The Assad regime and an umbrella organisation representing a large number of rebel groups have agreed to the terms of a truce deal, which would pause hostilities from Saturday.

The government said it would halt its “combat operations” in line with the deal, but the rebel alliance said that their agreement was dependant on government forces and its allies ending sieges and halting the air strikes on civilians.

In announcing their agreement to the deal, the Saudi-backed High Negotiation Committee (HNC), which represents most of the main opposition and rebel factions, said it was “committed to the success of the international efforts dedicated to ending Syrian bloodshed”.

US Secretary of State John Kerry conceded that enforcing the plan on the ground will be difficult, but remarked on “a moment of promise” for ending the bloodshed in Syria.

In a statement, he said:

“This is a moment of promise, but the fulfillment of that promise depends on actions. All parties must meet their commitments under this agreement, ensure full implementation of UN Security Council Resolution 2254, and cease attacks on each other, including aerial bombardments. And all parties must remain committed over a period of time to make possible a political end to this conflict.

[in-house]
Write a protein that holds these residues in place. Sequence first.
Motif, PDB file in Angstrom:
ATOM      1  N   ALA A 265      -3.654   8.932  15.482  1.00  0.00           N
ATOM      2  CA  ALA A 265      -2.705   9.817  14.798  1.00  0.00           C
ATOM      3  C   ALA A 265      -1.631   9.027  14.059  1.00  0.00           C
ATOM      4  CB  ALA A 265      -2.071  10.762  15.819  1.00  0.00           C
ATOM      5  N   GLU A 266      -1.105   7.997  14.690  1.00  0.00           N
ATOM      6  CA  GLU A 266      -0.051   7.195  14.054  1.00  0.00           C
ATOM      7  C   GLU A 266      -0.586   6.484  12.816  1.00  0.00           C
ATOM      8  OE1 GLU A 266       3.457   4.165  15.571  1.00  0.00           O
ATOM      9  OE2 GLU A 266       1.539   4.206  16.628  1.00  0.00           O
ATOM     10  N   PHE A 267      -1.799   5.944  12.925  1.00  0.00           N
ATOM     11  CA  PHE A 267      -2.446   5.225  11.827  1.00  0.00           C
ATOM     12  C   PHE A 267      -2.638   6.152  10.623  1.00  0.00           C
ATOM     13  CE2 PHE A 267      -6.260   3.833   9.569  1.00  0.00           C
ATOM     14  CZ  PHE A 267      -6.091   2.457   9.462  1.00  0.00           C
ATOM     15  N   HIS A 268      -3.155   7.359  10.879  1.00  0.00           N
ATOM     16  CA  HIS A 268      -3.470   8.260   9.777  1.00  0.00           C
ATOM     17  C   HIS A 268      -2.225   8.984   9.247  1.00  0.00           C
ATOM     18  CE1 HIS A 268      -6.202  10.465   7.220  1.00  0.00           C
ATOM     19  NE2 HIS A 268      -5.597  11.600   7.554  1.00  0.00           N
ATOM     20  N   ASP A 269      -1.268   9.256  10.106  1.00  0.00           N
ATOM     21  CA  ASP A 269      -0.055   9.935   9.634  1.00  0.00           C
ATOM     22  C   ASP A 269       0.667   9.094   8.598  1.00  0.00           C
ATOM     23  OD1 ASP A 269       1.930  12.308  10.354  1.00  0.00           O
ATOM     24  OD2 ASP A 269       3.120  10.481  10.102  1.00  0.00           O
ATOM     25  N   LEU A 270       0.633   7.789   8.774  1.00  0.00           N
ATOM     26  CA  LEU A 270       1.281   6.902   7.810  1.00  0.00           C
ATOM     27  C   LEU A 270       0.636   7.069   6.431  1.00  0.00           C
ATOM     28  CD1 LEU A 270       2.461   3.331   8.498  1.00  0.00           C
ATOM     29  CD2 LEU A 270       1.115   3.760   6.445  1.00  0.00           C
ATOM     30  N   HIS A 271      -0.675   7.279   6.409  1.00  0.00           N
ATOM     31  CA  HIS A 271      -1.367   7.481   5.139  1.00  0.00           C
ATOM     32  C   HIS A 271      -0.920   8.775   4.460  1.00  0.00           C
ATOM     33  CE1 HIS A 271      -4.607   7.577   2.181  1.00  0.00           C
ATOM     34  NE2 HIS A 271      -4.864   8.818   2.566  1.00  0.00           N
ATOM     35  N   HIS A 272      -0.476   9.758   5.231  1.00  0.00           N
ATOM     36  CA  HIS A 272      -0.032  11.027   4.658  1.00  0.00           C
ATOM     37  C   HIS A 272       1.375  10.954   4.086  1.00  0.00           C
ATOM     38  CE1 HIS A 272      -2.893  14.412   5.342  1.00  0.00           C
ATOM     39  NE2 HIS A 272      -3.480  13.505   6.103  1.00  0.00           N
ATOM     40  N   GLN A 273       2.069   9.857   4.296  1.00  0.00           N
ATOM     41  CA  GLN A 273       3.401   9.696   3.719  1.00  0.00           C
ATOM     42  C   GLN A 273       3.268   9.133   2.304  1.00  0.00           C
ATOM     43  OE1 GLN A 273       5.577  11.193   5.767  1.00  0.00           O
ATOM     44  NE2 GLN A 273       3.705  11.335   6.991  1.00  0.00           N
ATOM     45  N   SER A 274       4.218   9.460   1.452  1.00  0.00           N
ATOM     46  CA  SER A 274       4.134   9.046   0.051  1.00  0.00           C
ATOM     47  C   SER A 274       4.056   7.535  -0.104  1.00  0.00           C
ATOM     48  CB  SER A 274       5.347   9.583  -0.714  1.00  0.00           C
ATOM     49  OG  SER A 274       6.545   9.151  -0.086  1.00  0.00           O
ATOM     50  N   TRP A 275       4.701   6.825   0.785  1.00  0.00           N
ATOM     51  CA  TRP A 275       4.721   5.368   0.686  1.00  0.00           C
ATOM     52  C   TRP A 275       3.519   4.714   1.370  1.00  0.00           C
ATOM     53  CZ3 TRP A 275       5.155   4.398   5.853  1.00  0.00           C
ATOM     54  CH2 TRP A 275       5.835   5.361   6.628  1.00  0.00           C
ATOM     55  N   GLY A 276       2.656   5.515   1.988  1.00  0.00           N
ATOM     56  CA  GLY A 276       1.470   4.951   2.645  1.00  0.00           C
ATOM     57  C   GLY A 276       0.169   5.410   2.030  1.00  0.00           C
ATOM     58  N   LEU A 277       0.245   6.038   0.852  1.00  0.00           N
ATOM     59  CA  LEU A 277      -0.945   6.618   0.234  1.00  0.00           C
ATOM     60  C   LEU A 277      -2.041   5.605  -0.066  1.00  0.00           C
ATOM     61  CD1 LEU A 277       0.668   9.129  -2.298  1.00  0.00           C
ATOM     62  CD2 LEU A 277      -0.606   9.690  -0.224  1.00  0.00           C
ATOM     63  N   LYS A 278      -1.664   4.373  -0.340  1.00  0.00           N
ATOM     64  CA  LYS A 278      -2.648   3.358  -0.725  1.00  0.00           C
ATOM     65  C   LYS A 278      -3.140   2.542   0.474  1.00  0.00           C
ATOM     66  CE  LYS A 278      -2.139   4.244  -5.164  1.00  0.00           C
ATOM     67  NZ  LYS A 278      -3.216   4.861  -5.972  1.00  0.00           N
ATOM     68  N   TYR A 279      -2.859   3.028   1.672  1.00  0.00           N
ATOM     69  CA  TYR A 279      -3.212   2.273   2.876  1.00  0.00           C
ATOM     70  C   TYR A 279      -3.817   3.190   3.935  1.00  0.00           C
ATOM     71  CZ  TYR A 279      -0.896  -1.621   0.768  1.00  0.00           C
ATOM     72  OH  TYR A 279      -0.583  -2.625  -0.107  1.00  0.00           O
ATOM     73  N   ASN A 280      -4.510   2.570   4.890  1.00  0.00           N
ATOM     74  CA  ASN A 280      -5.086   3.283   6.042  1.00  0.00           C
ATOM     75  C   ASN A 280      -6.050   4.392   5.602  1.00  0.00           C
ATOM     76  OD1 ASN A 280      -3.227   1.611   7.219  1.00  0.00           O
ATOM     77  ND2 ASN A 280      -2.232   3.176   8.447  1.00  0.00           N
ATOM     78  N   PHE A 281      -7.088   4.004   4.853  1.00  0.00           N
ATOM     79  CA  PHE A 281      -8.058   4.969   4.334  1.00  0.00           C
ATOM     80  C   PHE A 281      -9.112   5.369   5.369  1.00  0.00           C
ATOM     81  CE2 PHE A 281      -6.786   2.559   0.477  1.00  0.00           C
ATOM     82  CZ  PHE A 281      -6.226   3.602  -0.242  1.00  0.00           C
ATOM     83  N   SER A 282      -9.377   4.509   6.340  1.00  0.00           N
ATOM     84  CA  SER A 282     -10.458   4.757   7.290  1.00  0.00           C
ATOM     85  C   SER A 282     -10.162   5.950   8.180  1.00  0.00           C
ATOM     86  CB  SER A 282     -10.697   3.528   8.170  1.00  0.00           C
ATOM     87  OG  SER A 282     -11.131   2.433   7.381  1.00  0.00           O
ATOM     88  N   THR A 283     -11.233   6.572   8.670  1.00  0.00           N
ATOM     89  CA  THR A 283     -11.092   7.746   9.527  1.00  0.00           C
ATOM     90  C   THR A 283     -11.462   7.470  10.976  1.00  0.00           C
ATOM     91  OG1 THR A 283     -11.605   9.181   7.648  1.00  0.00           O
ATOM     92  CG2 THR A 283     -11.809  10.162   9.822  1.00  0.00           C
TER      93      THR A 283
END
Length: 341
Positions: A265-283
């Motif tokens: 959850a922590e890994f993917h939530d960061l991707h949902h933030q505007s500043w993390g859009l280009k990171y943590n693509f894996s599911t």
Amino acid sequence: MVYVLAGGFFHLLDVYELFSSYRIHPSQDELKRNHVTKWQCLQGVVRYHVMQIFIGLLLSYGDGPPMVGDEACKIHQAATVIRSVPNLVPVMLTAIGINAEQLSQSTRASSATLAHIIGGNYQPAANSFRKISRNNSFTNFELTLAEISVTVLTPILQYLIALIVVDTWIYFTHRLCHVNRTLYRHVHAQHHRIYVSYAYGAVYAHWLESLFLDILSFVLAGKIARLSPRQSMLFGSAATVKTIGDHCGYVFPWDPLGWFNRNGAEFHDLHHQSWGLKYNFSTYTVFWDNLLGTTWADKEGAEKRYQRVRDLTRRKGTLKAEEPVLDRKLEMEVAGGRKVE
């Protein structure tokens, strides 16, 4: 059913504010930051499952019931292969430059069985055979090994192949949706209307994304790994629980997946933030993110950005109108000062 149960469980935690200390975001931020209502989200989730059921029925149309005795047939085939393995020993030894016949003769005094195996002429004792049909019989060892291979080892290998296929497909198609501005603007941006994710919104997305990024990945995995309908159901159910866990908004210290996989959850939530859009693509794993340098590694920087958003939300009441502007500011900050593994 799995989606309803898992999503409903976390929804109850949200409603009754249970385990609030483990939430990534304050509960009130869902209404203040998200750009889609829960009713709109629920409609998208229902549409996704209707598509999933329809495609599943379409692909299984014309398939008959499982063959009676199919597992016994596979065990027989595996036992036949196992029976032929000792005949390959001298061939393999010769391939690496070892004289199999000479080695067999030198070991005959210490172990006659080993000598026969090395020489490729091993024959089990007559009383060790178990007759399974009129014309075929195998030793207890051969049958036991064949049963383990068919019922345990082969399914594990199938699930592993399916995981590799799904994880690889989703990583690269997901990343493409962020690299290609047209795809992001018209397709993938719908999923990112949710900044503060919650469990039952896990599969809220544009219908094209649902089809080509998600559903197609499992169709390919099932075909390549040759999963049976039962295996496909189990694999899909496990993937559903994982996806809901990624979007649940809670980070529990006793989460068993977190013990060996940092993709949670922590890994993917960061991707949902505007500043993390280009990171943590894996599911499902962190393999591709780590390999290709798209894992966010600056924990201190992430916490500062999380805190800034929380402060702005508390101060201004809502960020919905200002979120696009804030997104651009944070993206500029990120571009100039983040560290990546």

“As we move forward, we will remain vigilant to ensure that implementation achieves what we set out to do, which is to stop the violence and provide the space and the opportunity for a negotiated political transition, in accordance with ‎the Geneva Communique of 2012, that unites all Syrians who reject dictatorship and terrorism and want to build a new future for their country.”

Russian President Vladimir Putin has vowed to ensure Damascus fulfils its obligations under the truce.

The United Nations welcomed news of the ceasefire, but admits that monitoring and enforcing the agreement could prove challenging.

The deal does not include any cessation of hostilities with the Islamic State or the al-Qaeda affiliate Jabhat al-Nusra, which has formed alliances with a number of less moderate rebel groups.

The deal is a tentative first step to finding a diplomatic resolution to the five-year conflict in Syria that has killed 250,000 people and displaced 11 million more, including four million who fled the country.



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